We descended, on foot, through the valley, and then ascended Tell Mudayna, believed to be the site of the ancient Amorite settlement of Jahaz: But Sihon would not allow Israel to pass through his territory. He gathered all his people together and went out against Israel to the wilderness and came to Jahaz and fought against Israel. (Numbers 21:23,24)

Site X – Tell Heshbon

Finally, the last stop. We pressed on to the modern town of Hisban, a quiet agricultural town, on the outskirts of which is located the large tell of Heshbon. Returning once again to the Old Testament passages, Deuteronomy 2 and Numbers 21, we find mention of: “… Sihon the Amorite, king of Heshbon…” and “Heshbon…city of Sihon, the king of the Ammorites…”

The capital city of Sihon’s Ammorite kingdom, Heshbon was conquered by the wandering Israelites during the time of Moses. It is believed the tribes of Gad and Rueben settled in this area and that Heshbon later fell under Moabite rule. From antiquity, Tell Hesbon has been occupied by many peoples. Eventually abandoned by the Moabites, it was re-fortified in the 2nd century under Roman rule and was an important ecclesiastical center from the 4th century until the time of the Umayyad takeover. It was later occupied by the Abbasid’s (8th century) and then, the Mamluks (14th century).

Not to be forgotten is this royal tribute to Heshbon’s beauty from King Solomon recounting the beauty of his beloved from Song of Solomon 7:4: “Your eyes are like the pools in Heshbon…”


This one-day jaunt increased all our understanding and appreciation of the wealth of biblical and archaeological history in Jordan. One historian claims that most of the recorded words of Jesus Christ were spoken on the eastern side of the Jordan River. Our tour leader has spent over twenty years studying in Jordan and Syria, without having set foot west of the Jordan River: “I don’t feel cheated at all in focusing my study on the Eastern side of the Holy Land. There is enough here for valuable and complete study of the geography and climate of biblical life.” We agreed, and look forward to another such trip in the future.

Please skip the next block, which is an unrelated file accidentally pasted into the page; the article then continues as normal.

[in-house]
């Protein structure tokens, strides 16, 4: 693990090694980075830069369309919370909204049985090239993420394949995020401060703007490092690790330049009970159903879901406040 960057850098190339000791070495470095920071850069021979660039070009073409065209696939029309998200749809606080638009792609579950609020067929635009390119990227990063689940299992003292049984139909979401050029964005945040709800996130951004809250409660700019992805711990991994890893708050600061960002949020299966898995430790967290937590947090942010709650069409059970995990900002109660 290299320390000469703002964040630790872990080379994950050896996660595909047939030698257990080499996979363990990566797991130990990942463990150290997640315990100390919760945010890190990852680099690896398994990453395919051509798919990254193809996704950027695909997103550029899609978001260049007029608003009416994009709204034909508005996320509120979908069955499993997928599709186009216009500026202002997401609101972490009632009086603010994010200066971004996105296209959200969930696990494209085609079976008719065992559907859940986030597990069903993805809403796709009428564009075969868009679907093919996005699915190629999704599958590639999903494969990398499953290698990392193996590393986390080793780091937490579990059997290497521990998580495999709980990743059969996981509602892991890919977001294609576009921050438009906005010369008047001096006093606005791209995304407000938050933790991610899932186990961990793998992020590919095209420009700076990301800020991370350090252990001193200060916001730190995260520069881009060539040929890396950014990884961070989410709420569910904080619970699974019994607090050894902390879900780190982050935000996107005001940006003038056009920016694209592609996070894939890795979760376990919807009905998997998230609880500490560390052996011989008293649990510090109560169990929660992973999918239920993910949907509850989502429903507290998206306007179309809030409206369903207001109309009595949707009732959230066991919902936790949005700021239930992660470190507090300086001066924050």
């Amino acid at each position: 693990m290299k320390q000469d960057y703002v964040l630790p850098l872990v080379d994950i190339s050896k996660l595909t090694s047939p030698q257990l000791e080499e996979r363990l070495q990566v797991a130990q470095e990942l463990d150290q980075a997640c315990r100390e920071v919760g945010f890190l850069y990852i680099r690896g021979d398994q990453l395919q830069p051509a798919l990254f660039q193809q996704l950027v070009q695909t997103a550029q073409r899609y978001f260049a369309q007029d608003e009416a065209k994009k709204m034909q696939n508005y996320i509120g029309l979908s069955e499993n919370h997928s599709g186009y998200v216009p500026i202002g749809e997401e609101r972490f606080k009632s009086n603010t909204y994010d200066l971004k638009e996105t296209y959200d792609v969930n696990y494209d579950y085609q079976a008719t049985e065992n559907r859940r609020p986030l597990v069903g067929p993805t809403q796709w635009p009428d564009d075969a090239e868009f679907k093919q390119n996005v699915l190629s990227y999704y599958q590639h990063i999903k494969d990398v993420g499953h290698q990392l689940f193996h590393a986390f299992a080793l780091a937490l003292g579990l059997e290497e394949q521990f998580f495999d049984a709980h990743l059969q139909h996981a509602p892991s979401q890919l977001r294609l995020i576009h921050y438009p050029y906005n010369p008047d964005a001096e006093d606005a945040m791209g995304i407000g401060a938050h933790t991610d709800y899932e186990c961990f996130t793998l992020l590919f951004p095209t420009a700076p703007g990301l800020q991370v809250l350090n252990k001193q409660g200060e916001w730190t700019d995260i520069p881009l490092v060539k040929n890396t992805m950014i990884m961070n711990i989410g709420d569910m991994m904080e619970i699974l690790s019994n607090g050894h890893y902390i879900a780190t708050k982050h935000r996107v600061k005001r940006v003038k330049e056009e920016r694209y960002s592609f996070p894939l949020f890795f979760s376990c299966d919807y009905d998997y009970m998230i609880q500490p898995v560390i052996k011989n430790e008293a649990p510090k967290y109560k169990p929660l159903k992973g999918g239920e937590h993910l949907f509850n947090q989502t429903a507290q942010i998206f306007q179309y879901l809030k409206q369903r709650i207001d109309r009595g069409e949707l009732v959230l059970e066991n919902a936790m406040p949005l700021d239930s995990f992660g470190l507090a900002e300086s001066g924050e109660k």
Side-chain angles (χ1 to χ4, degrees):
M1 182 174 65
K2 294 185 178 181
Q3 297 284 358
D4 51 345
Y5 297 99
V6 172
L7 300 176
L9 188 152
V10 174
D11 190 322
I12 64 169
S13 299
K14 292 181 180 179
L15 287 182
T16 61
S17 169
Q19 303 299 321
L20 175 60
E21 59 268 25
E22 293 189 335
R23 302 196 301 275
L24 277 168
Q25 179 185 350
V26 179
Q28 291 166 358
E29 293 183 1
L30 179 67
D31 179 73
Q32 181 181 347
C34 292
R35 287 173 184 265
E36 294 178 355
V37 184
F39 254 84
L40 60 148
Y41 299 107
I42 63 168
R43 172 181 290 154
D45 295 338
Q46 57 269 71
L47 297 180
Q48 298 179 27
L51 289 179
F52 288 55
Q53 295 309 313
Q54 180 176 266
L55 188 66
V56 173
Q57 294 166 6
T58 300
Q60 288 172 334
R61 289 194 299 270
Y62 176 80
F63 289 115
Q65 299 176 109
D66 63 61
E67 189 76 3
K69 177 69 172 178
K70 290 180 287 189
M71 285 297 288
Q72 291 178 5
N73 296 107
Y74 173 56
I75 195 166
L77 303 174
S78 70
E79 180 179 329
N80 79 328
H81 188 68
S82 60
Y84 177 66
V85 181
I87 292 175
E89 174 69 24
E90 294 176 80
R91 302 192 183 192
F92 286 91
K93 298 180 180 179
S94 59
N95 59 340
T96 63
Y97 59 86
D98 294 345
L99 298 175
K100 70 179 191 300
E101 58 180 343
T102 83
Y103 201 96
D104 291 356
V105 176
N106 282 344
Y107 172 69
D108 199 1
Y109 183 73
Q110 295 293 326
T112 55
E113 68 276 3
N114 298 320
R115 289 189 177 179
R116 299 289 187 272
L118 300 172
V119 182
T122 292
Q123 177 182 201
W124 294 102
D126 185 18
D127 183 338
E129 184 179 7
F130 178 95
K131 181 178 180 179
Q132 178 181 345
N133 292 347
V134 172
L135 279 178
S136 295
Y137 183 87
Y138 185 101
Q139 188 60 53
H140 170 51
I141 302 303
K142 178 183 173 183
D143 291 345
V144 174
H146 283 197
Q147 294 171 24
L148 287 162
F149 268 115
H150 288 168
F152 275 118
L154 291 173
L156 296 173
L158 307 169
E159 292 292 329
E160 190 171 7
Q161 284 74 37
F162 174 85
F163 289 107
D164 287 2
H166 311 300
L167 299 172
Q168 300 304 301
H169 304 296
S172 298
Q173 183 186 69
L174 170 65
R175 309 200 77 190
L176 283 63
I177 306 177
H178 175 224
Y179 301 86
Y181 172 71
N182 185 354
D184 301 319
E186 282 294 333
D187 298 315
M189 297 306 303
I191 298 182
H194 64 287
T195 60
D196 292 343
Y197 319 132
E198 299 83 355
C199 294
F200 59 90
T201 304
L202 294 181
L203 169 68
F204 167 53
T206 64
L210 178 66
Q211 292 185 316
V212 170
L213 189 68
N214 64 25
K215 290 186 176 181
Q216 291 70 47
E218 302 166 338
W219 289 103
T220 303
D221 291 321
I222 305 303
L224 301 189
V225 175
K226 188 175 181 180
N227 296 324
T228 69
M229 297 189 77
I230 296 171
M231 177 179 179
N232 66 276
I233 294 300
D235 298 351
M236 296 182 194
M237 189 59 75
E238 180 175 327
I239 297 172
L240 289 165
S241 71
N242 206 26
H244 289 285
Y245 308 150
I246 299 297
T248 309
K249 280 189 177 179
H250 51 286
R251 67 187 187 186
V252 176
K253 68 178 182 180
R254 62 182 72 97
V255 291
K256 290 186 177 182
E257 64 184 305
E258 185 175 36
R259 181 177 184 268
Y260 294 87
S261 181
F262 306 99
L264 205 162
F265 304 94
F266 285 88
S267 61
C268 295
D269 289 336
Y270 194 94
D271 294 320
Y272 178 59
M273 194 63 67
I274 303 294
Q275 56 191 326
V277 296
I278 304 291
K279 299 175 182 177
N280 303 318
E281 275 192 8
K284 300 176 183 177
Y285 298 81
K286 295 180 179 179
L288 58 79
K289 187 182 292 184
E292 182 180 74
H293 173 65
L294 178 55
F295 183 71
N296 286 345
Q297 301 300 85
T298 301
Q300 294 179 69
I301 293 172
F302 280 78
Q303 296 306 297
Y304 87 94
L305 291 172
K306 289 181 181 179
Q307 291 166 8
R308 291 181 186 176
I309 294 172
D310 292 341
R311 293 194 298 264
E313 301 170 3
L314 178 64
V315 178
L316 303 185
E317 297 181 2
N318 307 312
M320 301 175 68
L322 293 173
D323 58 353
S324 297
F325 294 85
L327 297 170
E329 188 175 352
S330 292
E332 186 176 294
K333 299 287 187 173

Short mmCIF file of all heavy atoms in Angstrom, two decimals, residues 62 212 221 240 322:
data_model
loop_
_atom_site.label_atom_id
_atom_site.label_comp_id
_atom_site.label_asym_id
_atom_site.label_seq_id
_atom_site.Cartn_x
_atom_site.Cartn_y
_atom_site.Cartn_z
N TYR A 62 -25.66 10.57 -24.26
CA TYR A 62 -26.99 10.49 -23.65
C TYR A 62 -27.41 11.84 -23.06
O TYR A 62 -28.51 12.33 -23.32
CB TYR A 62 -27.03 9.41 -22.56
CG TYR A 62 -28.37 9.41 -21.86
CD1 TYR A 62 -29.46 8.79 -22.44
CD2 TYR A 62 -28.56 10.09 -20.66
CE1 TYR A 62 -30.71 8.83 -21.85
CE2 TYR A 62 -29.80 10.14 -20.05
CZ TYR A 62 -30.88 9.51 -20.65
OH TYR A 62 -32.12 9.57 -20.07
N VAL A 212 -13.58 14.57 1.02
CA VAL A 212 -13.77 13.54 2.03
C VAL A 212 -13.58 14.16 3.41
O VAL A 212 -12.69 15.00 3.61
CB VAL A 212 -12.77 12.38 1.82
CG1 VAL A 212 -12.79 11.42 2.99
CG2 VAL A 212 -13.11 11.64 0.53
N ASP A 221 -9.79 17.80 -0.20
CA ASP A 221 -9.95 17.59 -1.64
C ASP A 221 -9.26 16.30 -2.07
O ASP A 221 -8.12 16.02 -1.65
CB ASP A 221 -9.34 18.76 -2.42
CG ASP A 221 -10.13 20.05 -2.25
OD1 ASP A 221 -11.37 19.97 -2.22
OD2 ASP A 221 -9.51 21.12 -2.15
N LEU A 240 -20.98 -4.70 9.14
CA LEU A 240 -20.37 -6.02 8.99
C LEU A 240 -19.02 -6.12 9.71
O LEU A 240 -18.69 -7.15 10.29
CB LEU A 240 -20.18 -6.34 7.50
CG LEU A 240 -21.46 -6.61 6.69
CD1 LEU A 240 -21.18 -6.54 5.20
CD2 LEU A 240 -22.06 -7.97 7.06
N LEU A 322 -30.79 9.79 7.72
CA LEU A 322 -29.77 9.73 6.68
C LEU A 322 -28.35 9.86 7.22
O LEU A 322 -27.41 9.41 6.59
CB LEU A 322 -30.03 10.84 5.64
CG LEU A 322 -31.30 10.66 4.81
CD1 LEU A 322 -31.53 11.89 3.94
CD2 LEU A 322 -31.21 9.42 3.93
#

Directions to Each Site:

Tell IlUmeiyri

Take the turn off for the Seven Hills restaurant ( the turn off is
just after a gas station) and you will see the tell on your left.


A few kilometres before Macchaerus there is a hill that abuts
on the road directly on your left. It is part of the village of
Ataruz. Ask a shepherd if it isn’t clear.


Take the Libb turnoff to the right off the Kings Highway
and follow the signs for Macchaerus.


Go down the Kings Highway as far as the town of Dhiban and
you will see the very large tell on your right just as you are
entering the town


Go through Dhiban and towards the end of the city you will see an
intersection, take the road to the left signposted Um Er Resas.
Follows this road for a few kilometres and you will see a sign for
Arair ( not Aroer). which is a turnoff on the right. Follow this for
a few kilometres and you will see the tell which is on Wadi Mujib

Um Ar Rasas

There are several ways to get to Um Er Resas. You can go directly
along the desert highway and there is a turnoff on the right opposite
some antenna.

Tell Il Madaynah

As you are coming out of Madaba there is an intersection next to the
Apostles church. Turn left here and follow the road for about twenty
kilometres. You will then see a blue sign to Jiza on your left just
before a Wadi. Follow the road to Jiza for just under two kilometres
and you will have an opportunity to turn left. Turn left and follow
the road for just over two kilometres when you will have an
opportunity to turn right. Turn right and you will shortly come to an encampment made
up of corrugated iron dwellings. You will see the tell beyond this
as you keep the dwellings on your left.


Take the Dead Sea road and then take the turn off for Madaba. Heshbon
is a few kilometres before Madaba. The tell is clearly visible behind
the modern village.